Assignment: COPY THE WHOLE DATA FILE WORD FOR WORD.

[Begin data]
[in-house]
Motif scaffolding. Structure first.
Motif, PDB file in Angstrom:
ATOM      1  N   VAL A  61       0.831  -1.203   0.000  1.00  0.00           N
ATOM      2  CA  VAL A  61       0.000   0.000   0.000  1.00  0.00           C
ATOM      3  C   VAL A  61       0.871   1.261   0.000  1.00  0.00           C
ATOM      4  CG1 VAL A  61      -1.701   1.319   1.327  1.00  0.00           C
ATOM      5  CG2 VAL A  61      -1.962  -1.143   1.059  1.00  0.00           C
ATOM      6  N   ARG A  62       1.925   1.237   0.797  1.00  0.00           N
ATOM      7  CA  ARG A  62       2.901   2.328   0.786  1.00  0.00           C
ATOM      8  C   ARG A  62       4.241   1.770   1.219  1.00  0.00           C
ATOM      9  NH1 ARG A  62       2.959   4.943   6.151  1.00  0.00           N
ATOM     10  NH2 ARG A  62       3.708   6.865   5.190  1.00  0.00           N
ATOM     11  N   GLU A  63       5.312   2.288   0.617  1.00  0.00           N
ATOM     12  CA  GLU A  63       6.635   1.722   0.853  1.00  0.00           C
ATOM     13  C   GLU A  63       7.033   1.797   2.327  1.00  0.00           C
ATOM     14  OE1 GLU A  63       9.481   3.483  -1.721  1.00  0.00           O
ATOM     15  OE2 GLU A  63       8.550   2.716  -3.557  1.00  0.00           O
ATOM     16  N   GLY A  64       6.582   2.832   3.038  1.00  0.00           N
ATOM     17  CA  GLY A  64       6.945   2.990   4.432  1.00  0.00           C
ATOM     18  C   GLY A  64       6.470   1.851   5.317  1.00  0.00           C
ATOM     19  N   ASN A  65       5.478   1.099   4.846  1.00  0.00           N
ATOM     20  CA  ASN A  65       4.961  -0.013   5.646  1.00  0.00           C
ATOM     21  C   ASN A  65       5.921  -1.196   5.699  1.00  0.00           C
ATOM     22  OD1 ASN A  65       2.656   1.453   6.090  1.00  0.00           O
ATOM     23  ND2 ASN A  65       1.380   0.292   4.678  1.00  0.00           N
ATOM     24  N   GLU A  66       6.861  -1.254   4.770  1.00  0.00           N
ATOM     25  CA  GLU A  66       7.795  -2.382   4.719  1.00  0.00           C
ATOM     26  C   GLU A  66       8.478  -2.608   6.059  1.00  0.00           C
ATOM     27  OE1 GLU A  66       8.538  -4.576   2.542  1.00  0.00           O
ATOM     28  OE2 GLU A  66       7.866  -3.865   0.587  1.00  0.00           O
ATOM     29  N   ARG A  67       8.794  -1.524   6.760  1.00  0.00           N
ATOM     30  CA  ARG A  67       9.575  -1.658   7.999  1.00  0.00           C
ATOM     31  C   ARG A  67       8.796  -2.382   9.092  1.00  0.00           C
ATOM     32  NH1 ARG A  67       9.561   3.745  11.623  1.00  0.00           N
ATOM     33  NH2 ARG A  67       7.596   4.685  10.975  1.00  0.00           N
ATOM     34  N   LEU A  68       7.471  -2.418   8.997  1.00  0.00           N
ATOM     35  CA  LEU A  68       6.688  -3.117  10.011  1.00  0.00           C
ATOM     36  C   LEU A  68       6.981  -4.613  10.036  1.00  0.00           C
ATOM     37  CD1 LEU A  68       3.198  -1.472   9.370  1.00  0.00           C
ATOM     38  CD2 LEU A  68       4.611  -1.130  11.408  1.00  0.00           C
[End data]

[in-house]
Motif scaffolding. Structure first.
Motif, PDB file in Angstrom:
ATOM      1  N   VAL A  61       0.831  -1.203   0.000  1.00  0.00           N
ATOM      2  CA  VAL A  61       0.000   0.000   0.000  1.00  0.00           C
ATOM      3  C   VAL A  61       0.871   1.261   0.000  1.00  0.00           C
ATOM      4  CG1 VAL A  61      -1.701   1.319   1.327  1.00  0.00           C
ATOM      5  CG2 VAL A  61      -1.962  -1.143   1.059  1.00  0.00           C
ATOM      6  N   ARG A  62       1.925   1.237   0.797  1.00  0.00           N
ATOM      7  CA  ARG A  62       2.901   2.328   0.786  1.00  0.00           C
ATOM      8  C   ARG A  62       4.241   1.770   1.219  1.00  0.00           C
ATOM      9  NH1 ARG A  62       2.959   4.943   6.151  1.00  0.00           N
ATOM     10  NH2 ARG A  62       3.708   6.865   5.190  1.00  0.00           N
ATOM     11  N   GLU A  63       5.312   2.288   0.617  1.00  0.00           N
ATOM     12  CA  GLU A  63       6.635   1.722   0.853  1.00  0.00           C
ATOM     13  C   GLU A  63       7.033   1.797   2.327  1.00  0.00           C
ATOM     14  OE1 GLU A  63       9.481   3.483  -1.721  1.00  0.00           O
ATOM     15  OE2 GLU A  63       8.550   2.716  -3.557  1.00  0.00           O
ATOM     16  N   GLY A  64       6.582   2.832   3.038  1.00  0.00           N
ATOM     17  CA  GLY A  64       6.945   2.990   4.432  1.00  0.00           C
ATOM     18  C   GLY A  64       6.470   1.851   5.317  1.00  0.00           C
ATOM     19  N   ASN A  65       5.478   1.099   4.846  1.00  0.00           N
ATOM     20  CA  ASN A  65       4.961  -0.013   5.646  1.00  0.00           C
ATOM     21  C   ASN A  65       5.921  -1.196   5.699  1.00  0.00           C
ATOM     22  OD1 ASN A  65       2.656   1.453   6.090  1.00  0.00           O
ATOM     23  ND2 ASN A  65       1.380   0.292   4.678  1.00  0.00           N
ATOM     24  N   GLU A  66       6.861  -1.254   4.770  1.00  0.00           N
ATOM     25  CA  GLU A  66       7.795  -2.382   4.719  1.00  0.00           C
ATOM     26  C   GLU A  66       8.478  -2.608   6.059  1.00  0.00           C
ATOM     27  OE1 GLU A  66       8.538  -4.576   2.542  1.00  0.00           O
ATOM     28  OE2 GLU A  66       7.866  -3.865   0.587  1.00  0.00           O
ATOM     29  N   ARG A  67       8.794  -1.524   6.760  1.00  0.00           N
ATOM     30  CA  ARG A  67       9.575  -1.658   7.999  1.00  0.00           C
ATOM     31  C   ARG A  67       8.796  -2.382   9.092  1.00  0.00           C
ATOM     32  NH1 ARG A  67       9.561   3.745  11.623  1.00  0.00           N
ATOM     33  NH2 ARG A  67       7.596   4.685  10.975  1.00  0.00           N
ATOM     34  N   LEU A  68       7.471  -2.418   8.997  1.00  0.00           N
ATOM     35  CA  LEU A  68       6.688  -3.117  10.011  1.00  0.00           C
ATOM     36  C   LEU A  68       6.981  -4.613  10.036  1.00  0.00           C
ATOM     37  CD1 LEU A  68       3.198  -1.472   9.370  1.00  0.00           C
ATOM     38  CD2 LEU A  68       4.611  -1.130  11.408  1.00  0.00           C